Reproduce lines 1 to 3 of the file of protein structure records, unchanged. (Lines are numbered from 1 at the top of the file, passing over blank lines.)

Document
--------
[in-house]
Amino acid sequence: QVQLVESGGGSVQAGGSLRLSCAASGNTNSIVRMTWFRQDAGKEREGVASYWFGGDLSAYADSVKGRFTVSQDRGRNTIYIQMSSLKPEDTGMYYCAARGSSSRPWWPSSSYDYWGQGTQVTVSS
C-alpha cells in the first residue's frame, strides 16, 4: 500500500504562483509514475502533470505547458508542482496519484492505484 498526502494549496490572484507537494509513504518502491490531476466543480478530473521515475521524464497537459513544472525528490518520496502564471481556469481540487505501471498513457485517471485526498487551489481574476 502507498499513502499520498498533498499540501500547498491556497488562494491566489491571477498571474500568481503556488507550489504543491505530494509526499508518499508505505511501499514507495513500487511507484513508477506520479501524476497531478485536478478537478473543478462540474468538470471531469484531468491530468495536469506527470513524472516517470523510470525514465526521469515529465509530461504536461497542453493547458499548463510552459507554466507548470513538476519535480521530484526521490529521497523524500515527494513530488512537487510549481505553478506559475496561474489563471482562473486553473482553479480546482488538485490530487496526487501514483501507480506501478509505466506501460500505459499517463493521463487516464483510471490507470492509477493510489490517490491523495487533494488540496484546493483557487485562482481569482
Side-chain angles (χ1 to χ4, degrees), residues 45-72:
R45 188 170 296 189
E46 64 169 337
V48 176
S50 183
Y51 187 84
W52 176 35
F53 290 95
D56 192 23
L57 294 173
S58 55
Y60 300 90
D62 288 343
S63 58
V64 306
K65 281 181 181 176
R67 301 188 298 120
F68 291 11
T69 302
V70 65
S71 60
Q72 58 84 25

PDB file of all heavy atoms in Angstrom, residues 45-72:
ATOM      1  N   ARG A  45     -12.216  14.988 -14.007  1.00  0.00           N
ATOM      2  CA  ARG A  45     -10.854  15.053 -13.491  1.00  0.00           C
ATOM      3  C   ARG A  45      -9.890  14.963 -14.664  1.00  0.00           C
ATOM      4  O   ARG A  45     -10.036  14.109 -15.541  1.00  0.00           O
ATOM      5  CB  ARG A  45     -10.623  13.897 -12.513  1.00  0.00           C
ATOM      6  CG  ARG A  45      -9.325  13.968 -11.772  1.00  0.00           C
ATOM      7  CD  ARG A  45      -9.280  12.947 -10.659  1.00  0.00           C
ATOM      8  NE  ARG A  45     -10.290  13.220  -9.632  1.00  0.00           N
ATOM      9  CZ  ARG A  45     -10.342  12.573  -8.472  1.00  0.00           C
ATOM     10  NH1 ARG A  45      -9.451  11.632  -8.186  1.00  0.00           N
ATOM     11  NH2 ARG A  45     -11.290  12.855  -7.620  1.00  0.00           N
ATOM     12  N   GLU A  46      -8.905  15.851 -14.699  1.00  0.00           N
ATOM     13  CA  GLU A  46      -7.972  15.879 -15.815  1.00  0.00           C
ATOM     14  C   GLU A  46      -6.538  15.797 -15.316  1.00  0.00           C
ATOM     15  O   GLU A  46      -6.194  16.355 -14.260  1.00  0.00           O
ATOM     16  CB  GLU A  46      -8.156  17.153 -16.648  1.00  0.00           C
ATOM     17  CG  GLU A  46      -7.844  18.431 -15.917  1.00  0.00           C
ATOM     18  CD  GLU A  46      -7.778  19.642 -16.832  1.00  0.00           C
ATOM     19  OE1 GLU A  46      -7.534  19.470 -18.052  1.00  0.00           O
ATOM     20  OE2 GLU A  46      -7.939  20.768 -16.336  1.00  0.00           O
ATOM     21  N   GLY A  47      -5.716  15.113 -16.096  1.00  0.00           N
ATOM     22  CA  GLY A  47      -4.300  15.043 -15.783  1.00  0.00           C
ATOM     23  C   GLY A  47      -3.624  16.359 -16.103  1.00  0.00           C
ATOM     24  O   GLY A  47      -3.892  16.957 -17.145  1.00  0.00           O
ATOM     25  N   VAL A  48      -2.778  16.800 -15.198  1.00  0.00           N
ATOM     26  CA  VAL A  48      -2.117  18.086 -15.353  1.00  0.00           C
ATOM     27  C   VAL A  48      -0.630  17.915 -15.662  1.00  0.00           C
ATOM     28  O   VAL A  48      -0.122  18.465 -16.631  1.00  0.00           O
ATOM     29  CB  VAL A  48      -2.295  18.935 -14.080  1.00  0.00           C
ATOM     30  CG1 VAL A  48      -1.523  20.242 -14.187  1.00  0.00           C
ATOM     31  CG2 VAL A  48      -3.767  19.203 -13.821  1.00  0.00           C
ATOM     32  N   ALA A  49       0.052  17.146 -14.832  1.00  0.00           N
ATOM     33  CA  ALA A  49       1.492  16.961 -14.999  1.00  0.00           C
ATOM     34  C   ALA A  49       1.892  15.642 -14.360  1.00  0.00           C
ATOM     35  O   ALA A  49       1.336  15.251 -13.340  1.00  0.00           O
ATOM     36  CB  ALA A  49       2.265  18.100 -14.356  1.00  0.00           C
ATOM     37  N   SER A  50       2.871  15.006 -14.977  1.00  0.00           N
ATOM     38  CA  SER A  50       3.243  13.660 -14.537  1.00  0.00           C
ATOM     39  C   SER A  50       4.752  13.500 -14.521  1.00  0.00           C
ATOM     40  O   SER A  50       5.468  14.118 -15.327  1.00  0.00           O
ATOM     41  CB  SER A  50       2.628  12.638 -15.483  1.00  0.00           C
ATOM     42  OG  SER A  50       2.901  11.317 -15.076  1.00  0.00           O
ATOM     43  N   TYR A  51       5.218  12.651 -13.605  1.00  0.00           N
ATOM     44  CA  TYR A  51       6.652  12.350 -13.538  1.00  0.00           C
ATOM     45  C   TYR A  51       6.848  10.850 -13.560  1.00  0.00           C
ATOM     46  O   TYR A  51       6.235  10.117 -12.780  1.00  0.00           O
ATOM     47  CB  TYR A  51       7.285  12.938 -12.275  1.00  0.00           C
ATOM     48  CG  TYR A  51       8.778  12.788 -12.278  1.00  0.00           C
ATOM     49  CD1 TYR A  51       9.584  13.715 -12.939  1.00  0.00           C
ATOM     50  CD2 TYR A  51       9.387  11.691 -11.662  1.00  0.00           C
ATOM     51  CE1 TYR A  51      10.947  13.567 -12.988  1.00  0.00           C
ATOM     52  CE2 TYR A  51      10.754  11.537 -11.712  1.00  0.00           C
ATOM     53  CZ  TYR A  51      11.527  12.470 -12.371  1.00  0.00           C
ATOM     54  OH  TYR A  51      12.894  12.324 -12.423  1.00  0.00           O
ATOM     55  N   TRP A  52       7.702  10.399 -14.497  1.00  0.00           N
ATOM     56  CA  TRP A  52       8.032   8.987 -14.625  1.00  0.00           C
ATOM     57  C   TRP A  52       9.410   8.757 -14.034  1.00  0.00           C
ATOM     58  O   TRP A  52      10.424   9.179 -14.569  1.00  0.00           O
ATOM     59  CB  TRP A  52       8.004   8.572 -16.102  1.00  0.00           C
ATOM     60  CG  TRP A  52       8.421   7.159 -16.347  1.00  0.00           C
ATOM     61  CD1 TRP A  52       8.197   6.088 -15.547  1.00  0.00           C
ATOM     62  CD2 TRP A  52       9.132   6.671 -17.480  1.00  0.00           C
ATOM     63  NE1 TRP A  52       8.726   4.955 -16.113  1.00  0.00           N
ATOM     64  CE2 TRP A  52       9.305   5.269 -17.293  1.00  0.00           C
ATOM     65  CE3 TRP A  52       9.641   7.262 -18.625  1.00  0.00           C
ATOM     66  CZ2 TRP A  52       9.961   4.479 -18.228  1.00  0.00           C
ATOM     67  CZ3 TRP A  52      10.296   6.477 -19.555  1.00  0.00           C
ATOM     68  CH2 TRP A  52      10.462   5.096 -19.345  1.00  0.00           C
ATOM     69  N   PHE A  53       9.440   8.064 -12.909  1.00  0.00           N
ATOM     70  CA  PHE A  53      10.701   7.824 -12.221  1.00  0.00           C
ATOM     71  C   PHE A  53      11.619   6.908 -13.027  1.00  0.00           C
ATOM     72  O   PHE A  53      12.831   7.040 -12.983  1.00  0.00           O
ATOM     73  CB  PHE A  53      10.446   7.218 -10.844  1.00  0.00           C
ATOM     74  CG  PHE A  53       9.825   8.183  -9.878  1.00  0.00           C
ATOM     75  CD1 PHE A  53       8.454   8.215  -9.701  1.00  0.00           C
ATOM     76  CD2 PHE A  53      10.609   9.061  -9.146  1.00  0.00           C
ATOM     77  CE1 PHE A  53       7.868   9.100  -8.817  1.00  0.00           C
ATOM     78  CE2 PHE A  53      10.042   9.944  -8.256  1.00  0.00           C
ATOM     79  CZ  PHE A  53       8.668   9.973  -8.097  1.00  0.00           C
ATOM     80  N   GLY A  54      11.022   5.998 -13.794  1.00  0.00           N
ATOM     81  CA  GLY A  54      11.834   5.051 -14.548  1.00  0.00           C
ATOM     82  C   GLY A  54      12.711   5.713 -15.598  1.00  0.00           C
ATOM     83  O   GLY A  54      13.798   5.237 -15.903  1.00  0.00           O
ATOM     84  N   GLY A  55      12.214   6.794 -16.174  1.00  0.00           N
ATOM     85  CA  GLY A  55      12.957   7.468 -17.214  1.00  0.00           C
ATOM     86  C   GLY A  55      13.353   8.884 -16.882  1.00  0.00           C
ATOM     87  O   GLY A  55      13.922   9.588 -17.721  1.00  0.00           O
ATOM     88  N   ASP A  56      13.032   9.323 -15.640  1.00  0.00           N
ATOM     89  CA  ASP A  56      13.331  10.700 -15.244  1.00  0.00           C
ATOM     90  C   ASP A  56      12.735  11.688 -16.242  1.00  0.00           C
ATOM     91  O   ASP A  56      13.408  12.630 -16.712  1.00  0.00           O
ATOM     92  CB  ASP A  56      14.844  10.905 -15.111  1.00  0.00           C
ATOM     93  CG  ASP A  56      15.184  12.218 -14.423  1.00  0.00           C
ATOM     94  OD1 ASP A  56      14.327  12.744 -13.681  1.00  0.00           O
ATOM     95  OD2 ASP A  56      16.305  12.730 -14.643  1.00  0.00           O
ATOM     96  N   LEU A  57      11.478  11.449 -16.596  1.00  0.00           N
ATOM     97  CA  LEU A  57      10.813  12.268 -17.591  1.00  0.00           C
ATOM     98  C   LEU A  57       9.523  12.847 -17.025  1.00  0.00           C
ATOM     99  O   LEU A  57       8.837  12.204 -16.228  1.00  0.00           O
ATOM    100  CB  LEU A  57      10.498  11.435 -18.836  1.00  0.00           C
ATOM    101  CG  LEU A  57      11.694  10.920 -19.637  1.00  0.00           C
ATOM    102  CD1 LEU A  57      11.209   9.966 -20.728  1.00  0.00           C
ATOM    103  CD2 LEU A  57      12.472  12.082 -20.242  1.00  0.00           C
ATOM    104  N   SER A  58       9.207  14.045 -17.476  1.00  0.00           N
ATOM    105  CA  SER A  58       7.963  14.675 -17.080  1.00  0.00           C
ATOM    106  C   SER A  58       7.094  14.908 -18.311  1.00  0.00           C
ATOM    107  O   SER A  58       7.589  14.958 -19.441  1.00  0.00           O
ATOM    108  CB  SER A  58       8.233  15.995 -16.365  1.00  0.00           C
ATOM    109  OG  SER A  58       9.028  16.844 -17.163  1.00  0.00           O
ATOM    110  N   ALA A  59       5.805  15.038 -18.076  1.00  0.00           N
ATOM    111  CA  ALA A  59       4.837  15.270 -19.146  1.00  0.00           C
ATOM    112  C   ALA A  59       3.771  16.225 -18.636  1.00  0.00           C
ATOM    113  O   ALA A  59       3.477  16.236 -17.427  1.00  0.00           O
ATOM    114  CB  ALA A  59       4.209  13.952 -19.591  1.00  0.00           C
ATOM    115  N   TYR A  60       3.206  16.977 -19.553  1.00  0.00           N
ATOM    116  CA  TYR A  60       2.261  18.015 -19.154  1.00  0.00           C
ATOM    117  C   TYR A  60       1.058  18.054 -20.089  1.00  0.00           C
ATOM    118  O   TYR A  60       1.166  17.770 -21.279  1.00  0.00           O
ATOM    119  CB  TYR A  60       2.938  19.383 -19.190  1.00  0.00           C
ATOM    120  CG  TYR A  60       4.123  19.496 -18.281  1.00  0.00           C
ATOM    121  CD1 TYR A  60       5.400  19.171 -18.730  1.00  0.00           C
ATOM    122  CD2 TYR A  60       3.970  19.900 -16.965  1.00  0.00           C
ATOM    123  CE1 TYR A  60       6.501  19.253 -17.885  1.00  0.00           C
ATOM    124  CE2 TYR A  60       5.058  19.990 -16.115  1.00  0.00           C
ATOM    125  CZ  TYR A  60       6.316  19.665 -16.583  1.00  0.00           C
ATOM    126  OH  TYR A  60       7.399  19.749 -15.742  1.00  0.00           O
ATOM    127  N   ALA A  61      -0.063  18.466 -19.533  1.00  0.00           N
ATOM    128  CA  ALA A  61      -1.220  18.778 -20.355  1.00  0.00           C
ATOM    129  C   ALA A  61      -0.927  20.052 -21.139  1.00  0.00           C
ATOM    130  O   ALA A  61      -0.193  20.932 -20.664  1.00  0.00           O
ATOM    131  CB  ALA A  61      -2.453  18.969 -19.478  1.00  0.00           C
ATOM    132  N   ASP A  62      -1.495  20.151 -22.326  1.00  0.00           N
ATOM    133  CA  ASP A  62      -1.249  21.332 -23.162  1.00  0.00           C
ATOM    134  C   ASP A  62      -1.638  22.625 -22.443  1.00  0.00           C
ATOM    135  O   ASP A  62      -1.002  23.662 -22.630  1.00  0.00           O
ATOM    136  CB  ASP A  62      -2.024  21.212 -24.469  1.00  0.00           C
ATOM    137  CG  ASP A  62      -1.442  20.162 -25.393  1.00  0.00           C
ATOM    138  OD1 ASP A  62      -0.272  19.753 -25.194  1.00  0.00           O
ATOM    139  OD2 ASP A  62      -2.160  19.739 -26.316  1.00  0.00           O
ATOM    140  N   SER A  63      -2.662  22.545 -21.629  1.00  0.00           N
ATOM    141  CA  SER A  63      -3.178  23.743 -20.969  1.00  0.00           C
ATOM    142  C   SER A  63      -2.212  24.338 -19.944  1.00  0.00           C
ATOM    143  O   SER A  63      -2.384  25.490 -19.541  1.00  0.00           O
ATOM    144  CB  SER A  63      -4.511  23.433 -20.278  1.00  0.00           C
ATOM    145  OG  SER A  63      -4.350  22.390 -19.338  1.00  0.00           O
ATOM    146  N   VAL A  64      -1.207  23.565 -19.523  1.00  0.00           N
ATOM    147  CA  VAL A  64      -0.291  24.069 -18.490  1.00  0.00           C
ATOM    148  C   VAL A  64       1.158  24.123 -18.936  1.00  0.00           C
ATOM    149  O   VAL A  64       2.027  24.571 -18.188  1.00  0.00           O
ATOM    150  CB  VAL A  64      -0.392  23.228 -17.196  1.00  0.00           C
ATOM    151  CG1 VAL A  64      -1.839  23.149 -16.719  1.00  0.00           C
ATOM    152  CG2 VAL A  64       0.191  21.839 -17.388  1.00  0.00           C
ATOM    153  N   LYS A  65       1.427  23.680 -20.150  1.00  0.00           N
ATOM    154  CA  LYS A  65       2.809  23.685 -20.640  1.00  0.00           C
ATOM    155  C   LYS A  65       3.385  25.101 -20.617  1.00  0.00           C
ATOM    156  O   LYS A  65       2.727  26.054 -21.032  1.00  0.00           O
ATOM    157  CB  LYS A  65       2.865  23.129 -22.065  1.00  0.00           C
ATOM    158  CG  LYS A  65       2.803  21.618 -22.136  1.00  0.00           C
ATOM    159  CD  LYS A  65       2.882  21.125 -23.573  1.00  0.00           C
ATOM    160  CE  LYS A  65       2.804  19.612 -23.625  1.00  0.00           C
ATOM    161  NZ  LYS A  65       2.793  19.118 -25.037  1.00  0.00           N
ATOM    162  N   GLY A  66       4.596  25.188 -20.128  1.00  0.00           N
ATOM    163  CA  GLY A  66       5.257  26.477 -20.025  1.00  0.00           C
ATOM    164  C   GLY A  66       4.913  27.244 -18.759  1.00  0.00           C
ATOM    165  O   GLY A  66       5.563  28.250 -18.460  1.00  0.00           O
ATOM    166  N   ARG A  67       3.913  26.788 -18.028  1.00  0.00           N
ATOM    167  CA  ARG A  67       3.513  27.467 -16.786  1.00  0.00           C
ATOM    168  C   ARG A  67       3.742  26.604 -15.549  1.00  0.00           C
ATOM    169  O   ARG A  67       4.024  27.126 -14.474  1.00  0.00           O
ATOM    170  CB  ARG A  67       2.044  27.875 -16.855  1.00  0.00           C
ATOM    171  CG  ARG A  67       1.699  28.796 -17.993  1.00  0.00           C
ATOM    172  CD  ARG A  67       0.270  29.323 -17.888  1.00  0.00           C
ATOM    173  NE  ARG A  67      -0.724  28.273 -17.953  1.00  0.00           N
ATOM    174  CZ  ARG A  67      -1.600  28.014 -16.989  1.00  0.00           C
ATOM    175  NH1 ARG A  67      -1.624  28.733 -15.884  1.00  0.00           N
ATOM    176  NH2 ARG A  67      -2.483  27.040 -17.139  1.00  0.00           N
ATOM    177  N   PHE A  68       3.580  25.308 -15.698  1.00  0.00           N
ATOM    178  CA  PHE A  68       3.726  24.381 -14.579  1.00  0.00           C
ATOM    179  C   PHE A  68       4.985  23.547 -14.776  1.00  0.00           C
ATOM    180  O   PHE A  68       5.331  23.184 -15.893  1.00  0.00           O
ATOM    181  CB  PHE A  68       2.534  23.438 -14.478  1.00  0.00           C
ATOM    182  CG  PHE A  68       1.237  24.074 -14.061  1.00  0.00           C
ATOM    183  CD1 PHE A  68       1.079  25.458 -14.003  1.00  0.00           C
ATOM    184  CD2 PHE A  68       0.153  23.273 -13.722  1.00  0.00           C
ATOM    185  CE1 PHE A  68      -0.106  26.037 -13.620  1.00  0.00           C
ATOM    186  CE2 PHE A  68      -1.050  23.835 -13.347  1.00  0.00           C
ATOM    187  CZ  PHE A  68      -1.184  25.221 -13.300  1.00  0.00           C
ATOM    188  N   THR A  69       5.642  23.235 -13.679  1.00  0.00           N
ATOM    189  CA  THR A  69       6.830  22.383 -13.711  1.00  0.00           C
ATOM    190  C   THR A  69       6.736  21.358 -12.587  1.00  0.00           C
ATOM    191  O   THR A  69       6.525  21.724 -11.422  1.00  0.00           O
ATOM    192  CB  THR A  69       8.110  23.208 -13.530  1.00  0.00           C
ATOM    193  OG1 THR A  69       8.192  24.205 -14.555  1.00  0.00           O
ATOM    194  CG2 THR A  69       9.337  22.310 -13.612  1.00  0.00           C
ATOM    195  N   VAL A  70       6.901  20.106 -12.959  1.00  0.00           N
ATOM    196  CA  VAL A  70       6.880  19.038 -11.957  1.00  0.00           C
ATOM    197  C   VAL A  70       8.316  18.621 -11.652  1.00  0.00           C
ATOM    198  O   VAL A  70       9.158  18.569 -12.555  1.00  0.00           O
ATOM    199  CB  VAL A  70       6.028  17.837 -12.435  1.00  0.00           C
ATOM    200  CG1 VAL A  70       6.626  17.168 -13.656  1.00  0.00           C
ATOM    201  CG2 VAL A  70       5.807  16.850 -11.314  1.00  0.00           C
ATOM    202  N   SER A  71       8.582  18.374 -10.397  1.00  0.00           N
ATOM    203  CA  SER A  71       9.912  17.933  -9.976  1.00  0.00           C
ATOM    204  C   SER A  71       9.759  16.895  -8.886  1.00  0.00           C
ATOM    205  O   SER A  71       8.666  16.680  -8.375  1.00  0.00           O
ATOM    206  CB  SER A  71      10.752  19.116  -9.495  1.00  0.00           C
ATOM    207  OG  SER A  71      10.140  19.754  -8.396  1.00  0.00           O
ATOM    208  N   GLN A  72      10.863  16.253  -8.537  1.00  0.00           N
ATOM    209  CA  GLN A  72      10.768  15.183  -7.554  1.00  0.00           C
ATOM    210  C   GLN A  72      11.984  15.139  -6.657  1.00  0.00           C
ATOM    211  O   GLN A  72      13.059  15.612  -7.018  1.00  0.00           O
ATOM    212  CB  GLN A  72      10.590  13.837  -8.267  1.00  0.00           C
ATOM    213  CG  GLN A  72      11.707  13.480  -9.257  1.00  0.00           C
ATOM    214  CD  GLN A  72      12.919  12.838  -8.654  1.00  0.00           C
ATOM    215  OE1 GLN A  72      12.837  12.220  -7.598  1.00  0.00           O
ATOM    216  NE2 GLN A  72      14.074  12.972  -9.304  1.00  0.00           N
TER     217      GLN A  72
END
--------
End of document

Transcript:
[in-house]
Amino acid sequence: QVQLVESGGGSVQAGGSLRLSCAASGNTNSIVRMTWFRQDAGKEREGVASYWFGGDLSAYADSVKGRFTVSQDRGRNTIYIQMSSLKPEDTGMYYCAARGSSSRPWWPSSSYDYWGQGTQVTVSS
C-alpha cells in the first residue's frame, strides 16, 4: 500500500504562483509514475502533470505547458508542482496519484492505484 498526502494549496490572484507537494509513504518502491490531476466543480478530473521515475521524464497537459513544472525528490518520496502564471481556469481540487505501471498513457485517471485526498487551489481574476 502507498499513502499520498498533498499540501500547498491556497488562494491566489491571477498571474500568481503556488507550489504543491505530494509526499508518499508505505511501499514507495513500487511507484513508477506520479501524476497531478485536478478537478473543478462540474468538470471531469484531468491530468495536469506527470513524472516517470523510470525514465526521469515529465509530461504536461497542453493547458499548463510552459507554466507548470513538476519535480521530484526521490529521497523524500515527494513530488512537487510549481505553478506559475496561474489563471482562473486553473482553479480546482488538485490530487496526487501514483501507480506501478509505466506501460500505459499517463493521463487516464483510471490507470492509477493510489490517490491523495487533494488540496484546493483557487485562482481569482